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The European Directive 2001/95/EC of the European Parliament and of the Council of 3 December 2001 on general product safety - GPSD - becomes strictly applicable on 15 January 2004 in the EEA territory. It supersedes the initial directive of 1992.
The new Directive has a broader scope as it encompasses not only the consumer products but all services rendered to consumers with such products. A peculiarity is that this directive must be read in conjunction with any directive covering a specific product. When such a directive exists, the GPSD ceases to apply for the aspects covered by the specific directive. This means that it still applies for what is not treated in the specific directives.
This leads to an embarrassing question: What should be retained from the GPSD in a particular case? To help finding the appropriate answer, the EC (DG SANCO) has issued a guidance document analysing the relation between the GPSD and the Toys Directive (88/378/EEC), the low voltage directive (LVD: 73/23/EEC), the directive on personal protective equipment (PPE: 96/58/EC) and the cosmetics directive (76/768/EEC). There is however no guarantee that this analysis is correct. Only the European Court of Justice may interpret the Community law.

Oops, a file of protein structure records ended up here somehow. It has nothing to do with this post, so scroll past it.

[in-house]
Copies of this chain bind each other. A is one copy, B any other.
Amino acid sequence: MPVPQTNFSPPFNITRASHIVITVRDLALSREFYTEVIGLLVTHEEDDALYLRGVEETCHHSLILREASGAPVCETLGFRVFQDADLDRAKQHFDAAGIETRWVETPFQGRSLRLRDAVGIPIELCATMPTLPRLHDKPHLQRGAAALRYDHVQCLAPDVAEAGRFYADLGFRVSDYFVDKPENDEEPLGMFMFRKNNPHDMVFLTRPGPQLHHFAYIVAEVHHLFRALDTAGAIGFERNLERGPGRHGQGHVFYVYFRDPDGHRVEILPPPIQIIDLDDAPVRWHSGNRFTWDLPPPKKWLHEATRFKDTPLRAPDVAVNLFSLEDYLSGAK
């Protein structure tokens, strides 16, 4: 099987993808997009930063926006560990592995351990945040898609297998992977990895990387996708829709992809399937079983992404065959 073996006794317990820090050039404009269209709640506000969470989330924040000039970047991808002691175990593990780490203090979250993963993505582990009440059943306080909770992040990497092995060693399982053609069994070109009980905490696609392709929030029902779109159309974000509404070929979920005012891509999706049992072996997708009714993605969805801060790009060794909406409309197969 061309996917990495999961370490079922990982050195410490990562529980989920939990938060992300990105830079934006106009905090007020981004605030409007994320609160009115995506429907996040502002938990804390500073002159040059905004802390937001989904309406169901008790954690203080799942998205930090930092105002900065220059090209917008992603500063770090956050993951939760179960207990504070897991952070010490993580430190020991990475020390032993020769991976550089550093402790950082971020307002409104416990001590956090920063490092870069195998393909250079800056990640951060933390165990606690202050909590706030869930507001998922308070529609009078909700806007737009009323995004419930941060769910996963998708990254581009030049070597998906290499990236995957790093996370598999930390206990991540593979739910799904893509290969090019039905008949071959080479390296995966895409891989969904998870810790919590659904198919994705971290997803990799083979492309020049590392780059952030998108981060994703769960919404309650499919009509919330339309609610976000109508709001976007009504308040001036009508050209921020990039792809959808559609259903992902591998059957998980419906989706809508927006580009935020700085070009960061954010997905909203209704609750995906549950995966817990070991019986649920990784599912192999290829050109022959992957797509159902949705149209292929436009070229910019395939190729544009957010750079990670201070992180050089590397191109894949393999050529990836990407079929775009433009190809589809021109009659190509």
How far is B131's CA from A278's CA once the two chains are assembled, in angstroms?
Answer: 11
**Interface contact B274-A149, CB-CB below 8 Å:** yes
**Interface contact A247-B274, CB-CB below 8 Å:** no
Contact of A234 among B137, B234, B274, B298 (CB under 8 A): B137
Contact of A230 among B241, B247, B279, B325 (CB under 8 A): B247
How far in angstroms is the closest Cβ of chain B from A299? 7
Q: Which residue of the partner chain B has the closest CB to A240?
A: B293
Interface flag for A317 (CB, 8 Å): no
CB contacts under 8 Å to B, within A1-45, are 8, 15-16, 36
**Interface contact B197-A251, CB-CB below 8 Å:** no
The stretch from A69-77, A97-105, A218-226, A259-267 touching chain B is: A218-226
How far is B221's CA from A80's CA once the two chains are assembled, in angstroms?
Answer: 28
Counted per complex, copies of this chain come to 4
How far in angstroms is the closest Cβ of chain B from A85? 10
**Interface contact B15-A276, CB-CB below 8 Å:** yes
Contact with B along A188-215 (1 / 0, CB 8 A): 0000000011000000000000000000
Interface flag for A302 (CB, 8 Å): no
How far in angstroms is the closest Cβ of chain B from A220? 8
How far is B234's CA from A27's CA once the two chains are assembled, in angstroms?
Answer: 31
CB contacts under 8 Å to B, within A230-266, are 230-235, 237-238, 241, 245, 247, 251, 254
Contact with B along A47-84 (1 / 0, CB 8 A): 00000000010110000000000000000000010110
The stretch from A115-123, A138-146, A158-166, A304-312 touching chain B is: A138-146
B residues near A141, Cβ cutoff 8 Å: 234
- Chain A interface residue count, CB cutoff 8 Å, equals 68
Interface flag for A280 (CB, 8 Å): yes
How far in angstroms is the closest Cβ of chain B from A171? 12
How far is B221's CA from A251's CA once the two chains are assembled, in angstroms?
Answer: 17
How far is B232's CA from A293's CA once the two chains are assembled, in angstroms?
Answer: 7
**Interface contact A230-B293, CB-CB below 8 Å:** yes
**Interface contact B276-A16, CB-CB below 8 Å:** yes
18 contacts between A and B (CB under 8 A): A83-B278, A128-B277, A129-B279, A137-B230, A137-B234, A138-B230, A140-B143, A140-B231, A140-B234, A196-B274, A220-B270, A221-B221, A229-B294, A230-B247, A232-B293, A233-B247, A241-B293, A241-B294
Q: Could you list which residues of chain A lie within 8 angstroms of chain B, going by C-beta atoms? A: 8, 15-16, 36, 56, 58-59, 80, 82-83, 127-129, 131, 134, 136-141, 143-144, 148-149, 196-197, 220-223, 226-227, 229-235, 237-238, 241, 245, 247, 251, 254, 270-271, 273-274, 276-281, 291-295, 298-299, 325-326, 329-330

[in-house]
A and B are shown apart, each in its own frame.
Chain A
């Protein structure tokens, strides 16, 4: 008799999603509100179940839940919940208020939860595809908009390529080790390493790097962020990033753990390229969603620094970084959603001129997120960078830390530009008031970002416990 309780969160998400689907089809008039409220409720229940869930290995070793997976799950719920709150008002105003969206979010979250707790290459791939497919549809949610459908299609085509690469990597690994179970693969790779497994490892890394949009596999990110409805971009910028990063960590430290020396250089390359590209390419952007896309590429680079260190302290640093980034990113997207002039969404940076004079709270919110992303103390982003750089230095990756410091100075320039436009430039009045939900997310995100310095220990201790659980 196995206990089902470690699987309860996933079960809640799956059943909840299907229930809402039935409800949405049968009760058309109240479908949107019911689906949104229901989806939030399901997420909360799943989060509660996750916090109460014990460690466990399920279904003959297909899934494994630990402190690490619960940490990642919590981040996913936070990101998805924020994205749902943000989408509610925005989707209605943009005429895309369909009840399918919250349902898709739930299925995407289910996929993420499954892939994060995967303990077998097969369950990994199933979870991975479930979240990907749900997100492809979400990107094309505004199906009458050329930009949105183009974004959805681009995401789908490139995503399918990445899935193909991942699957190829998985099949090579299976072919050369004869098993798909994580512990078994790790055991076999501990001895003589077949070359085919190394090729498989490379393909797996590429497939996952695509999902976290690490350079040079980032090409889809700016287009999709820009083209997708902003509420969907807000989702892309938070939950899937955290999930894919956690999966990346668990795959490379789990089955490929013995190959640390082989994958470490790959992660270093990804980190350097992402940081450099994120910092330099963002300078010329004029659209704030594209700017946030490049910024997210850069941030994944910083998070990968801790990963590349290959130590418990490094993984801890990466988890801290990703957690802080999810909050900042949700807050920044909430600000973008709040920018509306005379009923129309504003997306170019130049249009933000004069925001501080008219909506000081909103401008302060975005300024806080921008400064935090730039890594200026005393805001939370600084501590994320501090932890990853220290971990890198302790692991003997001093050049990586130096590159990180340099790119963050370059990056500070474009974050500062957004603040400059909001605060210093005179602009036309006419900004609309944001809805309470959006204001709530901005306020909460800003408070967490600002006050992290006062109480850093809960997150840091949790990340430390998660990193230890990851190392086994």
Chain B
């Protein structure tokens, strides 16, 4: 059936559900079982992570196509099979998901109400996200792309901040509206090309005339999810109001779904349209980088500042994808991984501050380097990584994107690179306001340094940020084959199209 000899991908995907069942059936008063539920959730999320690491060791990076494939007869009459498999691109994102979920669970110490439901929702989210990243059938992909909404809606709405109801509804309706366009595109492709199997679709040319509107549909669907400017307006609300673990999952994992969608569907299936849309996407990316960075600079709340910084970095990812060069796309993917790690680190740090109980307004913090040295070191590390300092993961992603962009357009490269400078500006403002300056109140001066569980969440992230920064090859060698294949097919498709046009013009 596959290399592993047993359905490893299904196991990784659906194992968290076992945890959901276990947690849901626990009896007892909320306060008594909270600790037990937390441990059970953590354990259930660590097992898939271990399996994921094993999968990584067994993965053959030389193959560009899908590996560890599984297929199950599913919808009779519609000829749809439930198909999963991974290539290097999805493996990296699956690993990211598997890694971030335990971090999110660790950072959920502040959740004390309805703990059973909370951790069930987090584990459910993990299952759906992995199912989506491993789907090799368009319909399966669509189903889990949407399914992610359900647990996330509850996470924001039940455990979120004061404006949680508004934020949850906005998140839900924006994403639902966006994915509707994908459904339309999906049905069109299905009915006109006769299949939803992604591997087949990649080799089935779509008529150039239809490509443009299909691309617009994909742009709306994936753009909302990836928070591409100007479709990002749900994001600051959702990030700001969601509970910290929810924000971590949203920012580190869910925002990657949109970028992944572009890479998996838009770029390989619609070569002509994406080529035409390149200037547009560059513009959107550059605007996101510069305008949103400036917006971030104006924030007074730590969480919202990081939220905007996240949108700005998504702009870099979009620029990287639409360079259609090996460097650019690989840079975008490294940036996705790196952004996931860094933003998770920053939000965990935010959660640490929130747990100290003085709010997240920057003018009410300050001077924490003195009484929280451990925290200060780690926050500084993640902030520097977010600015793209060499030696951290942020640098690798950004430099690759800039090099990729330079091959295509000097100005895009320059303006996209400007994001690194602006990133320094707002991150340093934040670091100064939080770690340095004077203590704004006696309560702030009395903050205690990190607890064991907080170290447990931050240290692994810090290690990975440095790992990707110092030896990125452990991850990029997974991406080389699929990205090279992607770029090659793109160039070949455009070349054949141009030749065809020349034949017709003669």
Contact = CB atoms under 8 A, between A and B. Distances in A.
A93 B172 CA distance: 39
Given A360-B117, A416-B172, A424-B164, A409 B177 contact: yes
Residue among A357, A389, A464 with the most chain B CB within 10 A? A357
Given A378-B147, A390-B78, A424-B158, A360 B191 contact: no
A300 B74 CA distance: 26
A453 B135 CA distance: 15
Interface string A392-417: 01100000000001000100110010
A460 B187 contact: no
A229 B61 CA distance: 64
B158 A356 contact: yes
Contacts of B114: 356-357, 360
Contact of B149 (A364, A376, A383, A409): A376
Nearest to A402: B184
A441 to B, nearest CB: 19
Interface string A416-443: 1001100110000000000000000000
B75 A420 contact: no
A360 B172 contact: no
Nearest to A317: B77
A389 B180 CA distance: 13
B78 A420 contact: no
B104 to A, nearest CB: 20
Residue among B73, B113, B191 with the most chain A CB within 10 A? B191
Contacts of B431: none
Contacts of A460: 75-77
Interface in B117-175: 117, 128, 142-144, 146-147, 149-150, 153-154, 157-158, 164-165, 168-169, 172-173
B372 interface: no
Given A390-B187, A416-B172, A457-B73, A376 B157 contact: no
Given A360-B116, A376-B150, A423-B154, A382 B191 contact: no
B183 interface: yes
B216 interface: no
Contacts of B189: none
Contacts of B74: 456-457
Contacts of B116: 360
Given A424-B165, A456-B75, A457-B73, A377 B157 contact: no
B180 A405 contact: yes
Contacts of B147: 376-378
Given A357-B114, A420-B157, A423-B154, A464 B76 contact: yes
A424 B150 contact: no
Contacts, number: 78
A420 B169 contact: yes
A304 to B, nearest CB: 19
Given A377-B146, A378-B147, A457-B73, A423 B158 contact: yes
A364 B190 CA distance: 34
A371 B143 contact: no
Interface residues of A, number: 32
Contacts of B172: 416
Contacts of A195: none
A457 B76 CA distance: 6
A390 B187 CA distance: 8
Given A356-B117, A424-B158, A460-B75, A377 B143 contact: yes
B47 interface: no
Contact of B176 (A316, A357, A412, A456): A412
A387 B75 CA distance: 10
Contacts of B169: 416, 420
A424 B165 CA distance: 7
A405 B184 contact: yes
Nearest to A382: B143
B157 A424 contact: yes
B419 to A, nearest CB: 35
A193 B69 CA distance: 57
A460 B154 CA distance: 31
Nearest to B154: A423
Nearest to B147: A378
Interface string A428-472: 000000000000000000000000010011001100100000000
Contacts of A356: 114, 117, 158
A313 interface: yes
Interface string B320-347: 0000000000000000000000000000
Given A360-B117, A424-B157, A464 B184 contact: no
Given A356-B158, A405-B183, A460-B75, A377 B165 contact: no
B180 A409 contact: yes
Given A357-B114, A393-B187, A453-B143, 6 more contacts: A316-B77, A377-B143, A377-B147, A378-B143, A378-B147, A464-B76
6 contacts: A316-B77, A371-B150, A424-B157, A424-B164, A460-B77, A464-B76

Click here to read the guidance document (English only)
Considering that source and without any guarantee, our opinion regarding directives in our activity area is as follows:
LVD All possible risks are covered by the LVD. The GPSD provides a legal basis for current administrative practices. For the professionals, the main implications of the GPSD are: Identification of the products to assure traceability. Market monitoring and action when a problem with the product is detected. Obligation to inform the authorities of problems occurring and obligation to co-operate with them to prevent risks. Similar obligation for the distributors.
EMC (89/336/EEC)
The EMC directive covering a risk and no specific products, the GPSD should not interfere. Medical Devices (MDD: 93/42/EEC) All possible risks are covered by the MDD. The administrative provisions being extensively developed within the MDD, the GPSD should not have a significant impact. In Belgium, the GPSD has been transposed by the law of 9/2/1994 amended for the last time by the law of 18/12/2002. That transposition has a much broader scope than the GPSD. Indeed, not only it covers the consumer products and services but also products and related services of the professional sphere. All products and services are concerned. Beside the fact that the scope is broader, the provisions of the Belgian law are those of the GPSD. To clarify the application of the law in the Belgian context, the authorities have issued a Q&R document. Once again, that document is not legally binding but represents the views of the authorities in that matter.
Read the Belgian Q&R document in: français, nederlands.
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